This article in WhaTech indicates that Deloitte expects a tenfold increase in smartphones used to make contactless payments at least once a month:
“…more than a tenfold increase in the number of smartphones being used to make contactless payments: from just 0.5 percent of NFC-equipped mobile phones in 2014 to five percent of global population of some 650 million NFC capable smartphones by the end of 2015.
Deloitte, in its Technology, Media & Telecommunications Predictions 2015, says these phones will be “used at least once a month to make contactless in-store payments at retail outlets.” Contactless mobile payment will not be mainstream by end-2015, but “niche adoption will be a major progression from near nil in prior years,” Deloitte says.”
In the Research Note “Apple Pay at Six Months: A Medium-Term Outlook” Mercator identified all four key variables that will impact the adoption of Apple Pay—the number of Apple Pay capable devices, NFC-enabled terminal penetration, user enablement of Apple Pay on Passbook, and, finally, the likelihood of using Apple Pay at the Point-of-Sale (POS). Based on documented assumptions and publicly released data points around these variables, Mercator has offered an estimate of what Apple Pay volume will look like leading up to 2020. The Deloitte report echoes Mercator’s research on the subject of whether physical wallets are on their way to irrelevancy:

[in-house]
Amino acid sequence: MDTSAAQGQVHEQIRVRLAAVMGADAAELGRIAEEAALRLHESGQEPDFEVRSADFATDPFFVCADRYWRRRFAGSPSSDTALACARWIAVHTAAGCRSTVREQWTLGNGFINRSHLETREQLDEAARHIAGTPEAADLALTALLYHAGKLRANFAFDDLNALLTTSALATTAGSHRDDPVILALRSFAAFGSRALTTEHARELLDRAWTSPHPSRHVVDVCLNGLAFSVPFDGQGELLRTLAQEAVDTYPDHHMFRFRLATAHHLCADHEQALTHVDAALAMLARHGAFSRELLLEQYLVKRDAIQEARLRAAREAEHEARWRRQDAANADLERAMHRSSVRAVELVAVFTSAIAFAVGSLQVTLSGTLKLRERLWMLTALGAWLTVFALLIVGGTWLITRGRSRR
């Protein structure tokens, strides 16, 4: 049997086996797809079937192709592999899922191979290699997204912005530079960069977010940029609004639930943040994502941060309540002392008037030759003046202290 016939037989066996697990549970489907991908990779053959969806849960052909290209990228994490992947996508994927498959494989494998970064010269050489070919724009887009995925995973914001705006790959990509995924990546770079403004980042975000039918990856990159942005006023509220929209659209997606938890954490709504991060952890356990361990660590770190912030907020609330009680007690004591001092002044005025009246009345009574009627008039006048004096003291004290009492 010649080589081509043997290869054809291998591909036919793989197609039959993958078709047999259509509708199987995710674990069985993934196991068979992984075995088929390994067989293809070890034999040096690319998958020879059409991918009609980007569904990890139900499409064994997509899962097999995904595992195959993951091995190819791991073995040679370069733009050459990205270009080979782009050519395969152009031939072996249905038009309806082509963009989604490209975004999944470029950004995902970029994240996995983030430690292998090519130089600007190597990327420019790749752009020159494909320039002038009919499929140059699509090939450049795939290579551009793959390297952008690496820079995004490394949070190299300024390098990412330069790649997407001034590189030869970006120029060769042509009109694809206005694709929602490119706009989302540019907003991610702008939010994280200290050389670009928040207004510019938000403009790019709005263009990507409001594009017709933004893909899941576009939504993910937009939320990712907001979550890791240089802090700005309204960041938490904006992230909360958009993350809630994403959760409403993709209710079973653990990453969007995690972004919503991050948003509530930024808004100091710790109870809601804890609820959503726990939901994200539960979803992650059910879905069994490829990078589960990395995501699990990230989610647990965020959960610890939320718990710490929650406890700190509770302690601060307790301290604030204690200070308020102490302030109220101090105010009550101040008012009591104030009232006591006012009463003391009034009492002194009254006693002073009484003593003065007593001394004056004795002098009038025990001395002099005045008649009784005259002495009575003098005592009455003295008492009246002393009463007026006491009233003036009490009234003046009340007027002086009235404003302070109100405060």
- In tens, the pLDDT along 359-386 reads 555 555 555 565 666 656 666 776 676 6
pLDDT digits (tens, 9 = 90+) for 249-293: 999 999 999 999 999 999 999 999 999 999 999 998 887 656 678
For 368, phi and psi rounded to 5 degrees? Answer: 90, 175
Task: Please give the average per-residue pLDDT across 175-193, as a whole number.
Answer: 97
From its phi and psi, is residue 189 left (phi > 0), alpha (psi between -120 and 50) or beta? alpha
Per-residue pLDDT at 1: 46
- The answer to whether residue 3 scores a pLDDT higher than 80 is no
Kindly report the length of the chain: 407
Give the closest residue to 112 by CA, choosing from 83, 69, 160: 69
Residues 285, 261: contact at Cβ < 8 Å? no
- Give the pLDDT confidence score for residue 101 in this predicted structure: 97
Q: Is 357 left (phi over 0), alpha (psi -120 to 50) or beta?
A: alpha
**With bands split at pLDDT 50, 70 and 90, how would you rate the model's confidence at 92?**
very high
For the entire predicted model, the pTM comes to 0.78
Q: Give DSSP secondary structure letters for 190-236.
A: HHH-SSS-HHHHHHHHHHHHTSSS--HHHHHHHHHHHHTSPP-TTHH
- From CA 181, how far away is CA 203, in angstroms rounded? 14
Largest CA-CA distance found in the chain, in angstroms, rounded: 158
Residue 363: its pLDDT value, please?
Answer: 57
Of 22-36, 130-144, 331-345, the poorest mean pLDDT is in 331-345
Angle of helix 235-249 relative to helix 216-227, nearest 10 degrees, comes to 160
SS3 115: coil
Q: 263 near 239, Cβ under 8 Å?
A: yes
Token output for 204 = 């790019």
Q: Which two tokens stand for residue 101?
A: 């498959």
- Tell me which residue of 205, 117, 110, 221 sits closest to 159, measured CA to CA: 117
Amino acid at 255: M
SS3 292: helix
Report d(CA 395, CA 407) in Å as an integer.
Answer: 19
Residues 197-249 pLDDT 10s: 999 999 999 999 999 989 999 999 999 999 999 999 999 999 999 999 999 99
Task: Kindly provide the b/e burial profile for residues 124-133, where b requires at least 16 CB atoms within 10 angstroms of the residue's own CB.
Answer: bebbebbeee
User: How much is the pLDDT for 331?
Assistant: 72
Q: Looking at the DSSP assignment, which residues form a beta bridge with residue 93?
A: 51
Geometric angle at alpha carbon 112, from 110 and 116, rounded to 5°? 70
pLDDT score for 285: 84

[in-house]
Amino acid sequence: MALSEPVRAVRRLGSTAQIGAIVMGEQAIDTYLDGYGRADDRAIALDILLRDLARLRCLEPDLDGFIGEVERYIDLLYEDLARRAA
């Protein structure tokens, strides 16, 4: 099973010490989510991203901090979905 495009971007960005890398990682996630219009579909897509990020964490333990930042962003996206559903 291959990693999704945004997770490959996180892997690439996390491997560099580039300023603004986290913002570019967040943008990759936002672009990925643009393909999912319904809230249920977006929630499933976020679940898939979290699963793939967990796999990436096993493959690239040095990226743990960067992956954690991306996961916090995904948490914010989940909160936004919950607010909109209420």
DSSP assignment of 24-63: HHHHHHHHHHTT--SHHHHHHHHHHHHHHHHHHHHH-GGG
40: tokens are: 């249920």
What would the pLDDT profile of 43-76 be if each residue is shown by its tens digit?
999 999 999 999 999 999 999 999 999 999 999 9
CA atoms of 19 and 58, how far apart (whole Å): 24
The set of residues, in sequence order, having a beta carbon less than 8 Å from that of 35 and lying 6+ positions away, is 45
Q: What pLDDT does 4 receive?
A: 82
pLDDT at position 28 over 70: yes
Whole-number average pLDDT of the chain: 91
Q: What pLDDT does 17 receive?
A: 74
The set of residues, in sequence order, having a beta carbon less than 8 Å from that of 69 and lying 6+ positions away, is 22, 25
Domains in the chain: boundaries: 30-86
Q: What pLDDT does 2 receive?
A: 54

“However, “While usage of phones to make contactless payments is expected to increase over time, they are likely to co-exist for some time with all other means of payment, from contactless credit cards to cash,” Deloitte says. “It will be a long while before the majority of us can jettison our physical wallets.”
Moving from broad brush strokes on mobile payments to implementation specifics, however, Deloitte makes the following claim:
‘ According to Deloitte, “When someone pays using an NFC-device, the tokenization facility creates a unique code (known as a token) which is sent from the device to the merchant’s NFC-enabled till. The credit card number is not transferred. … The token is only good for a single transaction and unusable otherwise. A fraudster who intercepted the transaction would only get access to the single-use token but not the card details.” ‘
While this is expected to be one approach used to implement Host Card Emulation based mobile payments, Apple Pay and Samsung Pay both utilize a Secure Elements implementation which eliminates the need for single use tokens; which is a good thing because HCE add significant complexity for issuers.
Overview by Tim Sloane, VP, Payments Innovation at Mercator Advisory Group
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